“I feel I have encouraged the team to take their foot off the brake and put it onto the accelerator. We still have international expansion to think of and it is such a huge opportunity and new customers are coming to us all the time. So we have to make sure we have enough availability.”
International markets are the current big growth areas for Asos and the etailer believes it can make £1bn in sales across five international markets, including a big push into the US in the next five years. It will launch a standalone US site in September.
Merchandising for such a global business brings challenges and opportunities, but flexibility is one of the plus points, says Milligan. “In Australia, it is winter now, so we are starting to sell more coats and knitwear there. You have longer to sell stock online than in bricks and mortar as we can allocate it into a different market. That life of a line can move on. We are starting to learn that.”
The business is also growing in confidence to fully back trends. Asos predicted that maxi dresses and clogs would be huge for spring 10 and by backing them with fervour it generated strong sales for the site. More than 4,000 maxi dresses a week are being sold.
Asos’s heritage lies in its offering of dresses, but with autumn 10 expected to be a season dominated by separates - and Asos’s ranges growing all the time - Milligan believes it will be a great chance for the business to get “known” for other product.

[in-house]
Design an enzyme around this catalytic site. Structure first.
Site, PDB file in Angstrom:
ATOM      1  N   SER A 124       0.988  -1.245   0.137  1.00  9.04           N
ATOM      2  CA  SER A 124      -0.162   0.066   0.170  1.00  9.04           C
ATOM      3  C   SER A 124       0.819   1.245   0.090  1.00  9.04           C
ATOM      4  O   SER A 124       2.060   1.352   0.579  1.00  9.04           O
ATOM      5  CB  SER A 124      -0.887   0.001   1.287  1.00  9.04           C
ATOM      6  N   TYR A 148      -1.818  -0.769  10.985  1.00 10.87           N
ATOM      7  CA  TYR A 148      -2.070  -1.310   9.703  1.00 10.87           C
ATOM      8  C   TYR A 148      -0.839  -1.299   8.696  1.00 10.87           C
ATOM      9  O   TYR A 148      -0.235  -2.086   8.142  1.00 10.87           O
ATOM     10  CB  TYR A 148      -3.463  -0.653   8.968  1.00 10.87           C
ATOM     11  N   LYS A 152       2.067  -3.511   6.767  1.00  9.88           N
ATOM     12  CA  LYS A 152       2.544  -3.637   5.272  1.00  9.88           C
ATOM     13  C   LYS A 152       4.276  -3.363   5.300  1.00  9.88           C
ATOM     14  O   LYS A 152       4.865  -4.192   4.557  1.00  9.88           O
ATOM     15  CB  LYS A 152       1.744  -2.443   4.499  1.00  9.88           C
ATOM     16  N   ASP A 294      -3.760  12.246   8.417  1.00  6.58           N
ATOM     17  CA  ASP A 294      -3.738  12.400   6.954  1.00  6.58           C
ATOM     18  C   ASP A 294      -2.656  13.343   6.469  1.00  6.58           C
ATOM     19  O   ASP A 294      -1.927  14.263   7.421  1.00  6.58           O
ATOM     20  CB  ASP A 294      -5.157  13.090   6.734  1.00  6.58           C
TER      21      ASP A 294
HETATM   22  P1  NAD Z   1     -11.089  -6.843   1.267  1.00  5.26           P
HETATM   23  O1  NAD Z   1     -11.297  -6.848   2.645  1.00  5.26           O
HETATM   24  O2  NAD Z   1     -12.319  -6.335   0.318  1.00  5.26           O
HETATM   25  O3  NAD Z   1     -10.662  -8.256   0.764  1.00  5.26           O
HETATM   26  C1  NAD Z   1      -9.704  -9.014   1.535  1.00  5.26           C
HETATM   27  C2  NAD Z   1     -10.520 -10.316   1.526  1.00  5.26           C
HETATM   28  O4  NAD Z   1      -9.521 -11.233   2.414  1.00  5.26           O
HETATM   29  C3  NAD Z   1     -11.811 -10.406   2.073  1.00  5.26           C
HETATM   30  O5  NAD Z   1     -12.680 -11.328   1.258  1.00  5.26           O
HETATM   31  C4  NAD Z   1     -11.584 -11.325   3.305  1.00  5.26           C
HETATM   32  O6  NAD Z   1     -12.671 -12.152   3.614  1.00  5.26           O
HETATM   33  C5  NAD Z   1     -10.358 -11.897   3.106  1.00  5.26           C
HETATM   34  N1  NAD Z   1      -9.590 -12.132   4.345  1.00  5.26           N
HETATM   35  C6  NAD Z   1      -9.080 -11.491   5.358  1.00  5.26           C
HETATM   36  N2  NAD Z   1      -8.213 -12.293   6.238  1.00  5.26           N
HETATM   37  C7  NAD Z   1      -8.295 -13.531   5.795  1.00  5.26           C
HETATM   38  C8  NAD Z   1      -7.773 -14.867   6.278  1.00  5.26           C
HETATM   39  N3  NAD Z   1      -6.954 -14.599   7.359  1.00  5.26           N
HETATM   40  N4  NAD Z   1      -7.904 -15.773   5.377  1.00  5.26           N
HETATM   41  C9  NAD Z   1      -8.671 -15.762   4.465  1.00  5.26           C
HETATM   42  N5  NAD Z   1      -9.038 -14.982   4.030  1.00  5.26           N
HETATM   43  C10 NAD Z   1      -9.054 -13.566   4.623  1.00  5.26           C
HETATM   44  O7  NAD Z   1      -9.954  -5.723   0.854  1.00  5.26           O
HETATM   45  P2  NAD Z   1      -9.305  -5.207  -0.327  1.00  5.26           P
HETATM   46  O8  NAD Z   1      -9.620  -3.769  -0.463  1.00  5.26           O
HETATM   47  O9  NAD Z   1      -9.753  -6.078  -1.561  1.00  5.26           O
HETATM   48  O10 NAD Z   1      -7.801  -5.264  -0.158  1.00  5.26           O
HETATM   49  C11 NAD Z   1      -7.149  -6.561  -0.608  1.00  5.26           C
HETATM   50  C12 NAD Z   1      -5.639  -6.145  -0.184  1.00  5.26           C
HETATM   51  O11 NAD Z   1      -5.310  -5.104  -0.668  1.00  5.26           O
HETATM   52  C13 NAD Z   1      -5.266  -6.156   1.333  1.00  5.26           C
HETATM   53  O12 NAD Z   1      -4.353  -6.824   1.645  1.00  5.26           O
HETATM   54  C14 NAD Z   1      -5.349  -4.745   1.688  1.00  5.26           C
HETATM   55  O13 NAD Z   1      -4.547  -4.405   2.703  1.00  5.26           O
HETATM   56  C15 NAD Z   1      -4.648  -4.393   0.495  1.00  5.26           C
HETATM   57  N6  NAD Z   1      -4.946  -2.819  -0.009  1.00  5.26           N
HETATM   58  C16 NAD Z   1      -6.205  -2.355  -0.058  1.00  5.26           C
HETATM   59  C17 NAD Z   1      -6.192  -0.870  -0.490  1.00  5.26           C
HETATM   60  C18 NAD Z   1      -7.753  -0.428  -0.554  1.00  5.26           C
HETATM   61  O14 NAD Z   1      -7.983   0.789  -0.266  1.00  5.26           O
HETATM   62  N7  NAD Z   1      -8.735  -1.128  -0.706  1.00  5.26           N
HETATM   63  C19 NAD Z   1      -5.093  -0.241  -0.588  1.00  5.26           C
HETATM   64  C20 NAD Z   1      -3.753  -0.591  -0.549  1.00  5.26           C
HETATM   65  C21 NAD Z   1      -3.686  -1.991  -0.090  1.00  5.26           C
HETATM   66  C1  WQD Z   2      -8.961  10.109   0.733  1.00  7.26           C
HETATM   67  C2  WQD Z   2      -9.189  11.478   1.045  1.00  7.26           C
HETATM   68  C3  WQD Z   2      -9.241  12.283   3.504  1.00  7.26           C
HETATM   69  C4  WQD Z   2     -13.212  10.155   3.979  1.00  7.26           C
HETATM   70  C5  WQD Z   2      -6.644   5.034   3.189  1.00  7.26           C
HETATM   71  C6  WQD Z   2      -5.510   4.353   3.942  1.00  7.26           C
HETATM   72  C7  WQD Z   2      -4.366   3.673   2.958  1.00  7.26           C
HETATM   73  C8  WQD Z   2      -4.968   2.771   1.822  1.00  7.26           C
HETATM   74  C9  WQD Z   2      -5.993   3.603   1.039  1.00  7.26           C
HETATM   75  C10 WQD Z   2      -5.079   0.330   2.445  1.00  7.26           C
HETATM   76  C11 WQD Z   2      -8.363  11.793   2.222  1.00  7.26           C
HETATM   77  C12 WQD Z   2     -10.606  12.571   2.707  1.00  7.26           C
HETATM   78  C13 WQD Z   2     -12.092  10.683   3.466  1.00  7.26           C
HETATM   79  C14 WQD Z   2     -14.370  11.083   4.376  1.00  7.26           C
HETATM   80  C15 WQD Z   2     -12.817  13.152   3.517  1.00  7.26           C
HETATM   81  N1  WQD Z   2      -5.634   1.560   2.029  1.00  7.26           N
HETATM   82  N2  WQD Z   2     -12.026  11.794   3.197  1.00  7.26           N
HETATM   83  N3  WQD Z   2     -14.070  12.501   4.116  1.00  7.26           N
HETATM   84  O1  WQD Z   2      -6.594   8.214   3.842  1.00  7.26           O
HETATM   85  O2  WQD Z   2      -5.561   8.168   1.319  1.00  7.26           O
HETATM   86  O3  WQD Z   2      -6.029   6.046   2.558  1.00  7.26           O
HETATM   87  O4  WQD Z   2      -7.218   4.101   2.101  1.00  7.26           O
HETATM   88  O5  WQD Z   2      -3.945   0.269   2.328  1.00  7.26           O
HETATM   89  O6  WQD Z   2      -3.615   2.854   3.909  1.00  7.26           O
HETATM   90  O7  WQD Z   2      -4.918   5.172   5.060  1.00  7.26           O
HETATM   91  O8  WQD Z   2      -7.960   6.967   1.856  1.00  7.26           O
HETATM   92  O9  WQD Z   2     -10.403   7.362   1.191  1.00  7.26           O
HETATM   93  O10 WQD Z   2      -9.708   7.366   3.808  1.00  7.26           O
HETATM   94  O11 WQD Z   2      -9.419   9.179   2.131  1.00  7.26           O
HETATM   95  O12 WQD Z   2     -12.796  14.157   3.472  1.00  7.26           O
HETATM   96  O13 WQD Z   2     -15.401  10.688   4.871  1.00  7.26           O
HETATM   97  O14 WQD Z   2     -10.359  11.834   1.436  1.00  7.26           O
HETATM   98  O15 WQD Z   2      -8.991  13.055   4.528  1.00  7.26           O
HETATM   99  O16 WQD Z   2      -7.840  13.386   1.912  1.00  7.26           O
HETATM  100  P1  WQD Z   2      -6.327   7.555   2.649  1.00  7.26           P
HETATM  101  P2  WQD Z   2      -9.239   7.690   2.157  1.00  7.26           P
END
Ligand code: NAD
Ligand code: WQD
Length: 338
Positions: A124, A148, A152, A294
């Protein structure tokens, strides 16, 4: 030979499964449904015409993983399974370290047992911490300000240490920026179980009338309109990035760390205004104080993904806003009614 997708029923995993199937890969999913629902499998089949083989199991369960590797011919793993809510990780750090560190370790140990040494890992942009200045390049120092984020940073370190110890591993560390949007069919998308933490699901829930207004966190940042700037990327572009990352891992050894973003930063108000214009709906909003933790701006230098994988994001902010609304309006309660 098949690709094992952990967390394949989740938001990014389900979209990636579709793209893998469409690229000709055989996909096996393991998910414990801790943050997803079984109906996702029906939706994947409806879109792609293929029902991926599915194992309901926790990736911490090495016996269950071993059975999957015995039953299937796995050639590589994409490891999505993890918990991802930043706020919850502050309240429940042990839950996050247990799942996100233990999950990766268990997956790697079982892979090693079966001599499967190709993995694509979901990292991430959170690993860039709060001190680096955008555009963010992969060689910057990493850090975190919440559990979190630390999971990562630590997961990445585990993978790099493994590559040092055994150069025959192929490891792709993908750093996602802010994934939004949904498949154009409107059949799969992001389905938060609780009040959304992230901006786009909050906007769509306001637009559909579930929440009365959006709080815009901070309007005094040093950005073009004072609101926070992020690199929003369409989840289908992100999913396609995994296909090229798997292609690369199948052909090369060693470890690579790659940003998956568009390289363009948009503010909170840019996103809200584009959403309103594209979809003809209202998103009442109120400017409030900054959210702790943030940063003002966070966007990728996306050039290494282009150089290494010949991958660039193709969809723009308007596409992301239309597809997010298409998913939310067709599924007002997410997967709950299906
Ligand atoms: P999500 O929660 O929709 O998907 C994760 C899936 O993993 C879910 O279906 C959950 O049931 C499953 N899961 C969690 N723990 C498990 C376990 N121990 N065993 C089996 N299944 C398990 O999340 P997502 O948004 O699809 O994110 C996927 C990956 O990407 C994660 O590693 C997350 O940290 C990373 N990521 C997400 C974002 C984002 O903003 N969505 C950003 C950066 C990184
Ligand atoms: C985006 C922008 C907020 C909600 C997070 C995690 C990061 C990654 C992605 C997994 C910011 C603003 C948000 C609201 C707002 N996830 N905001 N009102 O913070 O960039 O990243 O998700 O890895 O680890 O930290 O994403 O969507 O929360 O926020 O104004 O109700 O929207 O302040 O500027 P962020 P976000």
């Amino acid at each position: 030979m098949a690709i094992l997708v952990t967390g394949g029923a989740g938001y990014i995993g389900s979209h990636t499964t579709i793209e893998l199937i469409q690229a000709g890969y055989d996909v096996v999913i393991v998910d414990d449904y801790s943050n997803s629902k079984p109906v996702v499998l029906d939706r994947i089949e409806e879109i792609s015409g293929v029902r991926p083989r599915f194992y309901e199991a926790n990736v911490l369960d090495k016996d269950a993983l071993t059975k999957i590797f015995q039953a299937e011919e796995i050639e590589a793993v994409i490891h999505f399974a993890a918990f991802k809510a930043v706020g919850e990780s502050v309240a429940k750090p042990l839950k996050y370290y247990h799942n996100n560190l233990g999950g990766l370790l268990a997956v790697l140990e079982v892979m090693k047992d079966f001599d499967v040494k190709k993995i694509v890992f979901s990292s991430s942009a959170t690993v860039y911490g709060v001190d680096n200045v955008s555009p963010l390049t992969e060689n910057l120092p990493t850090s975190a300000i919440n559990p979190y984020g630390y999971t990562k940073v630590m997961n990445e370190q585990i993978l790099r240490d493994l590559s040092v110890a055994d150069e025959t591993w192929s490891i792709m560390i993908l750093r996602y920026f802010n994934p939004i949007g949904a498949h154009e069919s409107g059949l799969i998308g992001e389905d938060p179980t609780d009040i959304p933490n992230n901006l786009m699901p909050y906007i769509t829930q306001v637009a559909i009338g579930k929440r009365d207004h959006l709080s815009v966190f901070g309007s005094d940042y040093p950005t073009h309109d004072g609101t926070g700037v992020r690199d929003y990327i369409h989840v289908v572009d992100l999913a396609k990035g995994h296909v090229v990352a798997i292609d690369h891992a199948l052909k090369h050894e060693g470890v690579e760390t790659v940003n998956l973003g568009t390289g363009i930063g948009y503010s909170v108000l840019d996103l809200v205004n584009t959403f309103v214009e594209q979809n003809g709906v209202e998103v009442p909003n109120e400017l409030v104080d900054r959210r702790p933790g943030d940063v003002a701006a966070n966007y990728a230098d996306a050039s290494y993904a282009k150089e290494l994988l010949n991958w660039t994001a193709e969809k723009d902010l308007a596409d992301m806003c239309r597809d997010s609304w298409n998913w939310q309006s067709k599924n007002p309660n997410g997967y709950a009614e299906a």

Next year, Asos will implement a new merchandising system that will help it to achieve further growth. Milligan says it will be “pioneering” and will allow the retailer to react even more quickly. But she refuses to disclose further details.
Milligan believes merchandising has transformed since she started out, but stresses it is a key role requiring extensive market knowledge. She advises those starting in the merchandising discipline to be “as aware as the buyers” of current trends.
“I love the word flair. A lot of people think merchandising is a dry subject but merchandisers have to have flair and gut instinct,” she says.
2009 Merchandising director, Asos
2009 Merchandising director, Wallis
2004 Merchandising director, Topman
1995 Head of merchandising, Burton
1993 Senior merchandiser, Dorothy Perkins
1979 Allocator, Mothercare
Which is your favourite shop?
I love [designer indie] 10 Corso Como in Milan. I went there five years ago and fell in love with it. I could move in there.
Where do you like to shop in the UK?
I shop a lot on our site as it has such broad appeal. Whistles looks pretty amazing at the moment - the range is really good. I also shop in Cos and Massimo Dutti. John Lewis fashion has got a lot better but I don’t find the website inspirational enough.
Who inspires you?
I have two sons, aged 13 and 14. I learn so much from them.
What is your biggest passion outside of fashion? I’m a huge sports fan and a big Manchester City supporter. I know a heck of a lot about football which people don’t expect.
Who has really helped you in your career?
My husband. He is very supportive.
Who has been influential in your career?
Ann Iverson [chief executive of Mothercare] and I also met Derek Lovelock [chairman of Aurora Fashions] at Mothercare. It’s amazing the influence some people have on your career.
What advice would you give to those starting out in merchandising?
A lot of people come into it not knowing what we merchandisers actually do, so I would advise them to really research the role. People still see us as number crunchers but the role is a lot more dynamic than that. You need to really understand your customer; shoppers are more promiscuous, so you really need to understand their needs.